I worked until 3 or 4 in the morning of the 22nd, got some sleep, woke up with my family, and saw them off to their first day of school. My wife teaches English at Oakland High School, and my girl Io is in 2nd grade. She rode the bus across town to her new school, and I met her there. Then I went downtown and got back to work. 

 The PucaTrade team came together that morning, recognizing that everyone needed to do everything in their power to steady the ship. We made a plan, prioritized problems, and worked all day. We brought the site back up Monday evening, about 40 hours after taking it down for migration Sunday morning, and we have stayed up since.

And so it has been for the last three weeks. We meet every morning to understand and decide to work on what matters most. We monitor the site constantly. We’re here day in and day out, resolving the most pressing problems first. We have made considerable progress, and we will continue to work until the ship is righted.

Many people have written in with messages of support, as well as constructive and destructive criticism. We welcome and encourage all feedback, and we appreciate those who take the time to correspond with us amicably. We understand that it is frustrating when technology does not work in a flawless way. We know there are things we could have done to make the transition smoother. And we recognize that Future Site has brought changes which have disrupted many people’s daily trading habits. We regret that these things have been necessary in order for us to progress the platform.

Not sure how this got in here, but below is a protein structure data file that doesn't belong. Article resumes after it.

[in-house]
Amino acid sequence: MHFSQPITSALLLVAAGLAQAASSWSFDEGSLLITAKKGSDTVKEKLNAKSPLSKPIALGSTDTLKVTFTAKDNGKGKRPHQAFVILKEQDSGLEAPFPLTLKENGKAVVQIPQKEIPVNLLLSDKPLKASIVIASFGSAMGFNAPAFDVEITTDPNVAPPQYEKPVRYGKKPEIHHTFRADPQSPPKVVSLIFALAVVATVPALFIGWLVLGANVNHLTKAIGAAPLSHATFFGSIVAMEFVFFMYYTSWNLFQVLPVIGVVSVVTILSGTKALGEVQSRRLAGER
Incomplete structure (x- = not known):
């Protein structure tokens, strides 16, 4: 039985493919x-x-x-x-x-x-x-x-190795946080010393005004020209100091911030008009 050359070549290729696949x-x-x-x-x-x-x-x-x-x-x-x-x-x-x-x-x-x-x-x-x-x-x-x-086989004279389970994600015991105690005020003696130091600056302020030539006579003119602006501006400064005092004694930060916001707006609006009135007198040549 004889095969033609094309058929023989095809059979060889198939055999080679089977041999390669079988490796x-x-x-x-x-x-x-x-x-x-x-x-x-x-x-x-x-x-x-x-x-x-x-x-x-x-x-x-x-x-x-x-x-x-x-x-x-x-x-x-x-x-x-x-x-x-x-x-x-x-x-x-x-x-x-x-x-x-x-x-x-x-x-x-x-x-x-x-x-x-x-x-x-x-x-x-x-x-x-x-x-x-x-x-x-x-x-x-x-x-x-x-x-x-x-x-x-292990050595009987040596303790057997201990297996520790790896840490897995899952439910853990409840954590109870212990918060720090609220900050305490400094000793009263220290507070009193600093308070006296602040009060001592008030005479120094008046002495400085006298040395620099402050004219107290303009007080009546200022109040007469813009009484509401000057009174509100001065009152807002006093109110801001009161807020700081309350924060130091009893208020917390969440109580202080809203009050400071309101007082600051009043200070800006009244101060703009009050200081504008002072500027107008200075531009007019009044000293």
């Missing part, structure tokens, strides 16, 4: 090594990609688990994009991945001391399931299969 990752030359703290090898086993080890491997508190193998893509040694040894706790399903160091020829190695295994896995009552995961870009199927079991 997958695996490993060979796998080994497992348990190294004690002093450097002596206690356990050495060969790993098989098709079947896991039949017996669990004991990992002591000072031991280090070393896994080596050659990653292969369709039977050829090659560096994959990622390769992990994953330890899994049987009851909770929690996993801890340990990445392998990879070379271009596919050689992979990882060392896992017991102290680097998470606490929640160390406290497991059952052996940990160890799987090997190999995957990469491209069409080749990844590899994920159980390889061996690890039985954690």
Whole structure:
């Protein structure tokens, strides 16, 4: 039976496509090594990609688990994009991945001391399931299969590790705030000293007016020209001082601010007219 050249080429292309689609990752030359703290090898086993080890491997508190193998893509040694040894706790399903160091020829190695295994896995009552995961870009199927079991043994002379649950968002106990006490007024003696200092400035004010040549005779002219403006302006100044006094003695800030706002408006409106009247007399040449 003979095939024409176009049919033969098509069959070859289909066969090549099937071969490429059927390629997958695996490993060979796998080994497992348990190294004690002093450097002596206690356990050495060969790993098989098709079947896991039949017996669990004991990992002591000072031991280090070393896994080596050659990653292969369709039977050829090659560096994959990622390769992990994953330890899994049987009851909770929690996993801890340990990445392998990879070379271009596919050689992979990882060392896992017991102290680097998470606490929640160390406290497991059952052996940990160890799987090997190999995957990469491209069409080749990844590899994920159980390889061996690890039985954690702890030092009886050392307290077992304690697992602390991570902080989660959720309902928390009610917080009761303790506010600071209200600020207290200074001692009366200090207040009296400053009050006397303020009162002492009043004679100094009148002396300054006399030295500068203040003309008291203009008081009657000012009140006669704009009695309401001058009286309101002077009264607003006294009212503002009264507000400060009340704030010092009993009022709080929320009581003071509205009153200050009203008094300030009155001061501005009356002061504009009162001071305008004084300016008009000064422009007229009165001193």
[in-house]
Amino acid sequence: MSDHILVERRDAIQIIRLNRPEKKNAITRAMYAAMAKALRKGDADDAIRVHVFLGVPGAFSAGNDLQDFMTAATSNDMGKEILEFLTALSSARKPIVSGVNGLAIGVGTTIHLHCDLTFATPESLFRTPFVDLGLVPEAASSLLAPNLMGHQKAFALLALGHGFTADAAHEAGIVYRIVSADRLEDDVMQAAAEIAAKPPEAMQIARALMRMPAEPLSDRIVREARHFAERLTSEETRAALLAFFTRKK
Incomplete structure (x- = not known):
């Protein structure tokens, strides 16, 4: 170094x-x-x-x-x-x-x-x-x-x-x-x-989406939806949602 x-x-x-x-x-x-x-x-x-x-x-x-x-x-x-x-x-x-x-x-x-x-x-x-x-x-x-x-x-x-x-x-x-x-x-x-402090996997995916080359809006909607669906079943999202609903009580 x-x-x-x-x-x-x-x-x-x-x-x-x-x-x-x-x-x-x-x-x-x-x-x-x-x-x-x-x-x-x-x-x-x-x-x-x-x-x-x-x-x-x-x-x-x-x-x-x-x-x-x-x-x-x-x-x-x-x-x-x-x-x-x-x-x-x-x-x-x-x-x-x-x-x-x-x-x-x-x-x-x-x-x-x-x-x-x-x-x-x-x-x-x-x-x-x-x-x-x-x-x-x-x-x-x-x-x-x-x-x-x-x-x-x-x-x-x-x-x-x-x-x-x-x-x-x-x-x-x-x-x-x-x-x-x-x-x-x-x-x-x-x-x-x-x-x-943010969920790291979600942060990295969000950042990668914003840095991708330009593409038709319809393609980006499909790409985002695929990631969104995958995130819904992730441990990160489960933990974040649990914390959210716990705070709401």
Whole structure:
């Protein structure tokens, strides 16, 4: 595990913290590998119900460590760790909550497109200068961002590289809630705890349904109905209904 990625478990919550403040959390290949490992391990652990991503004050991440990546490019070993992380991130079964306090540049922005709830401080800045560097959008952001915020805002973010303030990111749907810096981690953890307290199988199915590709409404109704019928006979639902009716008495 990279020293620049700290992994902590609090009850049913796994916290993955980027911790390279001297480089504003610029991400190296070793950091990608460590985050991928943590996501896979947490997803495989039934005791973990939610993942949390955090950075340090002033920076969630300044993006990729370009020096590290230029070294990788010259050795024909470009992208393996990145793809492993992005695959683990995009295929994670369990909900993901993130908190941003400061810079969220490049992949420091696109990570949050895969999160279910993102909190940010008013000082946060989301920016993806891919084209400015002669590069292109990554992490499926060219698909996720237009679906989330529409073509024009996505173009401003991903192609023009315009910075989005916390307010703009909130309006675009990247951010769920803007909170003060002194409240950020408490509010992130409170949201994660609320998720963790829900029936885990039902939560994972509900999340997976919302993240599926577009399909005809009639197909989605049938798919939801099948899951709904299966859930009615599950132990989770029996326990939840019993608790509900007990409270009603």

But this is our reality, and we are committed to pushing it forward. In a future post, I will explain in more detail why we made the technical and design changes we made, but for now, we are focused on the present.

Package trades are here, and we have begun to hear about new delight in using our enhanced auto-matching algorithm. We now support cards in every condition and language with a dynamic, first-of-its-kind pricing process in place to support them. We have seen 20,000+ digital card trades completed in under two weeks of our Magic Online bots being fully operational.

And a note on the new look and feel of Future Site: some people are crazy about the way the site looks now, and some people are driven crazy by it. If you fall into the latter camp, know that we have heard you and have near-term work in place to address your concerns:  Day Theme will bring some new light, clean lines, and sharp images back to PucaTrade. We'll share more information and snapshots of this upcoming visual theme with you soon. 

Not all of these things matter to all people, but PucaTrade must still carry the weight of expectation in all areas at once. Whether you care most about our classic paper trading, our new digital trading, historic trend and pricing data, our search tools, or are just here for the articles, we will continue to work to meet you where you are, and to give you good reasons to hang out on this site. 

This is our commitment and it is our job.

We appreciate your patience and perseverance as we navigate these waters together.

Thanks for reading. Part 2 of this series will be published in the coming weeks.